On June 3, 2018, an international medical study published in the New England Journal of Medicine determined that many early-stage breast cancer patients may no longer need chemotherapy, thanks to improved gene tests on tumor samples. Additionally, this new test is covered by most insurance companies, further reducing burdens for patients.
This study, called the Trial Assigning Individualized Options for Treatment (TAILORx), can alleviate pressure for patients and their families, especially with an estimated 266,120 estimated new cases of invasive breast cancer in the U.S. and 63,960 new cases of non-invasive breast cancer for 2018. According to Dr. Ingrid Mayer, an author of the study, this test “…can spare thousands and thousands of women from getting toxic treatment that really wouldn’t benefit them…This is very powerful. It really changes the standard of care.”
In the past, many patients have made the hard decision to undergo chemotherapy despite not fully knowing whether or not the treatment would be successful. This can have a negative impact on a patient’s health and finances. It can be hard to pass up chemotherapy, but as Dr. Joseph A. Sparano from the Montefiore Medical Center in New York, and a leader of the study, said, “Recurrences were being prevented, and lives prolonged…but we were probably overtreating a lot of these women. For every 100 women we were treating, we were probably preventing about 4 distant recurrences.”
With the publication of this study, a genomic test, called Oncotype DX, can analyze 21 expressions of genes in tumor tissue and predict the likelihood of recurrence. Scores range from 0 to 100, with 0-10 being low, and 11-25 being mid-range. If patients score in the low to midrange, they can more comfortably opt out of chemotherapy treatment and instead undergo endocrine therapy, such as taking a hormone-blocking drug that prevents the body’s production of estrogen.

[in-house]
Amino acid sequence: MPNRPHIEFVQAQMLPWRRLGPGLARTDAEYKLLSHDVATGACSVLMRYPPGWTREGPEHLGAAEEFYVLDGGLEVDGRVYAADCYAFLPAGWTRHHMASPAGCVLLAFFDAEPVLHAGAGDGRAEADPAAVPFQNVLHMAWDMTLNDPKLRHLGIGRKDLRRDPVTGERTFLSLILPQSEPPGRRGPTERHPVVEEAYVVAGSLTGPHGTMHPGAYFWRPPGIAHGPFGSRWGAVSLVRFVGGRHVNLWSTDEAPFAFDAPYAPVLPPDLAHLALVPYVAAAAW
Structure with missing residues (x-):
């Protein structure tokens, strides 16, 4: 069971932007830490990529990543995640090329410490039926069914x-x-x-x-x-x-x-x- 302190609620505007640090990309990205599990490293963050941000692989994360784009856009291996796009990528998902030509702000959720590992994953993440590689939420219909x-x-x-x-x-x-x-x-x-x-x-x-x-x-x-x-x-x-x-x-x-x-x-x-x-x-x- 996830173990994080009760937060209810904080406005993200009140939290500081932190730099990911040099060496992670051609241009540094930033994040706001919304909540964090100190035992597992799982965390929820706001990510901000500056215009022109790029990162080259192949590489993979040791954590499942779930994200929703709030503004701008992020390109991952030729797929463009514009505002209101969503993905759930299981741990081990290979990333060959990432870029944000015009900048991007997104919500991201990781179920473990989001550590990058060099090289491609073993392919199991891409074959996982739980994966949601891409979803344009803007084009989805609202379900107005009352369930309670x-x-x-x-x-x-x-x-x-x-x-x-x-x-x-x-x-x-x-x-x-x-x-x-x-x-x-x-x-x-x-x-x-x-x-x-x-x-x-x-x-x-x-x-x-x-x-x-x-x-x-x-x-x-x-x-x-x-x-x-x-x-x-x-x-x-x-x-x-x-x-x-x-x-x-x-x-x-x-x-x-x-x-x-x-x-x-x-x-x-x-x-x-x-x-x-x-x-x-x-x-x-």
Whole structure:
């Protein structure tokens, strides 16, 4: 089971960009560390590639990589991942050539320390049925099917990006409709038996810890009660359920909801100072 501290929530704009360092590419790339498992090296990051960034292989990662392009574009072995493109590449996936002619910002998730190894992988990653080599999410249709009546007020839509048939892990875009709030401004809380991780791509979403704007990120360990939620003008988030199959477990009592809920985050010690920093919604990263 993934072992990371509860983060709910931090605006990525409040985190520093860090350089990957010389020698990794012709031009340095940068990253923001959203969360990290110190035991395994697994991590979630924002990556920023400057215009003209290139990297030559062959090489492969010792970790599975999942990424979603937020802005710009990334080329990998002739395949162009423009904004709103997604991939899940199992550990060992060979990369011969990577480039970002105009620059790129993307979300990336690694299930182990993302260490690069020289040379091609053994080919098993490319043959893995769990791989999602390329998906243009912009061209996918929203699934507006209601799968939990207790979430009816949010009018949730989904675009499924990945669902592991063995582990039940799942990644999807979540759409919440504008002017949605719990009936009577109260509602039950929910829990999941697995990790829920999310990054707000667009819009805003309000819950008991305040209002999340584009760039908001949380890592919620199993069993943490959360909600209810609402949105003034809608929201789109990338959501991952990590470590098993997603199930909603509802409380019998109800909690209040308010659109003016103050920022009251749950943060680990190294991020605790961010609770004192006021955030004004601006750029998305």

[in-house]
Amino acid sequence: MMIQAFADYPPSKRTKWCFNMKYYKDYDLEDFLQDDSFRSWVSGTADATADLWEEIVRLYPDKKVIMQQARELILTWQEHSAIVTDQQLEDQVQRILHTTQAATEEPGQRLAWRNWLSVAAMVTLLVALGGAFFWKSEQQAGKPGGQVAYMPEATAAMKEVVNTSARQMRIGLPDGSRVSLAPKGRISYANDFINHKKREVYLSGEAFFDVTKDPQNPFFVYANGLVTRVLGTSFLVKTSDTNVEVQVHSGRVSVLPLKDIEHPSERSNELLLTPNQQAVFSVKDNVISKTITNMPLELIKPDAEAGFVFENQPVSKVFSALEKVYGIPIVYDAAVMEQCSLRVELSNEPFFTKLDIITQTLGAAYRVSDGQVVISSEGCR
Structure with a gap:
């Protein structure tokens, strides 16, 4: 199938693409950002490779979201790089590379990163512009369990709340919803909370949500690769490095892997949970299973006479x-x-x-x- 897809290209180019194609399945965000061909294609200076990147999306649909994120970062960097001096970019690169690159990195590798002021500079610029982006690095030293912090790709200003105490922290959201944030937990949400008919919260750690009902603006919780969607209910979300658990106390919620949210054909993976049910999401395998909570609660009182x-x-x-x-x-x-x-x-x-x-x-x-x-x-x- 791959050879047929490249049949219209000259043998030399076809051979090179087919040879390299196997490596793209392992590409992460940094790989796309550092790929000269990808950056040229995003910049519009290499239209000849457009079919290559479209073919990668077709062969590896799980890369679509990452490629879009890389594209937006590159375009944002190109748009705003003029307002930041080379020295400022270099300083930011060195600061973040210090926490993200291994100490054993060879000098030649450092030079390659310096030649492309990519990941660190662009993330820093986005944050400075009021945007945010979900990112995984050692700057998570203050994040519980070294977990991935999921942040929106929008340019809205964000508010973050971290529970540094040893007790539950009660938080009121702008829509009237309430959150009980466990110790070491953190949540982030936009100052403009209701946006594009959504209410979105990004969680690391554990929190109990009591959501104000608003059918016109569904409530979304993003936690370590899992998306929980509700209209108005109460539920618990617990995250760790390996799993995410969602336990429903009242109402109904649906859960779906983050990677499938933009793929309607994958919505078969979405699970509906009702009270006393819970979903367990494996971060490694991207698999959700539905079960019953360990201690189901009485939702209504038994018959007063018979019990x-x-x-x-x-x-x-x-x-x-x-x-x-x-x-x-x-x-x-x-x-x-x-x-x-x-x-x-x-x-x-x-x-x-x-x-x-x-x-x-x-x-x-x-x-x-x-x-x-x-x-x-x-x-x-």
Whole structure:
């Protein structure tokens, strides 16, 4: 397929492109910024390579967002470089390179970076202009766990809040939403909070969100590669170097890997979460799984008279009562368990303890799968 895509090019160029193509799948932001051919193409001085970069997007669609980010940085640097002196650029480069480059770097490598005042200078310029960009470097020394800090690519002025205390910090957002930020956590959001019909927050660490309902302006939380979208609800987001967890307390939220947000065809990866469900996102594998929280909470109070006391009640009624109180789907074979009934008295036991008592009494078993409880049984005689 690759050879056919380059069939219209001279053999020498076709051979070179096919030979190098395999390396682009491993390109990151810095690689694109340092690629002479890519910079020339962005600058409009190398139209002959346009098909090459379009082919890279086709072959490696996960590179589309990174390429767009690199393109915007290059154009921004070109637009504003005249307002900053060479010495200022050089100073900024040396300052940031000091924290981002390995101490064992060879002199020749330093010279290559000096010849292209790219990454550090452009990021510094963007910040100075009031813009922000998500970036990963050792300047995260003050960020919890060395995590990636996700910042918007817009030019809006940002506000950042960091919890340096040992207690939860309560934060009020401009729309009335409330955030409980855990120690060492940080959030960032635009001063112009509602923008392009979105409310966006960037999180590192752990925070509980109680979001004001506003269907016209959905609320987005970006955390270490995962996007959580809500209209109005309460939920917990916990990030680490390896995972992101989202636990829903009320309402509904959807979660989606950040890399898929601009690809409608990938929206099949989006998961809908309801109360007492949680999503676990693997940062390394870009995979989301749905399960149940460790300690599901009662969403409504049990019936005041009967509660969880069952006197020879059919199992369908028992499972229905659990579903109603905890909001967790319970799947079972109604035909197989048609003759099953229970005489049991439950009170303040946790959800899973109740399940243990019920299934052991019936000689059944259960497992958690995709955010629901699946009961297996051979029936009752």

Previous studies could not accurately determine whether or not patients who fell within the mid-range would benefit from chemotherapy, leaving many patients in the dark. Now, TAILORx reduced uncertainty and found that for mid-level scores, “endocrine therapy was not inferior to chemoendocrine therapy,” meaning that chemotherapy was not necessarily a better option. With this new research, Dr. Sparano says that results “indicate that now we can spare chemotherapy in about 70 percent of patients who would be potential candidates for it based on clinical features.”
While endocrine therapy still includes side-effects such as hot flashes, pain in joints and muscles, and weight gain, the American Cancer Society lists the known side effects of chemotherapy as including: hair loss, anemia, nausea and vomiting, fertility issues, and nerve and muscle problems. With the information from this recent study, many women can weigh their options with more knowledge and clarity. According to Dr. José Baselga, a medical oncologist with a special focus on breast cancer at Memorial Sloan Kettering Cancer Center in New York who was not involved with study, “Chemotherapy has saved a tremendous amount of lives, and will continue to do so…but we need to be precise on when to use it and who to recommend it to. The era of one- size-fits-all is basically coming to an end, which is great news.”
The Oncotype DX test costs in the $4,000 range, and many insurance companies and the Medicare program have agreed to cover the test, reducing costs for many patients. Chemotherapy is known to be a costly treatment: the National Center for Biotechnology Information (NCBI) published a 2016 article that estimated the “average allowed cost” for “all costs on day of chemotherapy” between a 0 to 12 month period per patient from about $4,999 to $34,153, depending on the stage of cancer. By comparison, endocrine therapy costs from a 2015 study, also published in the NCBI, reported that annual out of pocket costs in 2010 for the drugs ranged from $701 to $3,664.
Regarding eligibility, Breastcancer.org reports that eligible candidates for Oncotype DX are those who have been recently diagnosed with early stage invasive breast cancer, or stage I or II, if the cancer is estrogen-receptor-positive, and if there is no cancer in the lymph nodes. The study did note that even if the test results predicted a low to mid-range score of 11-25 on the Oncotype DX test, some women aged 50 and younger may still benefit from chemotherapy.
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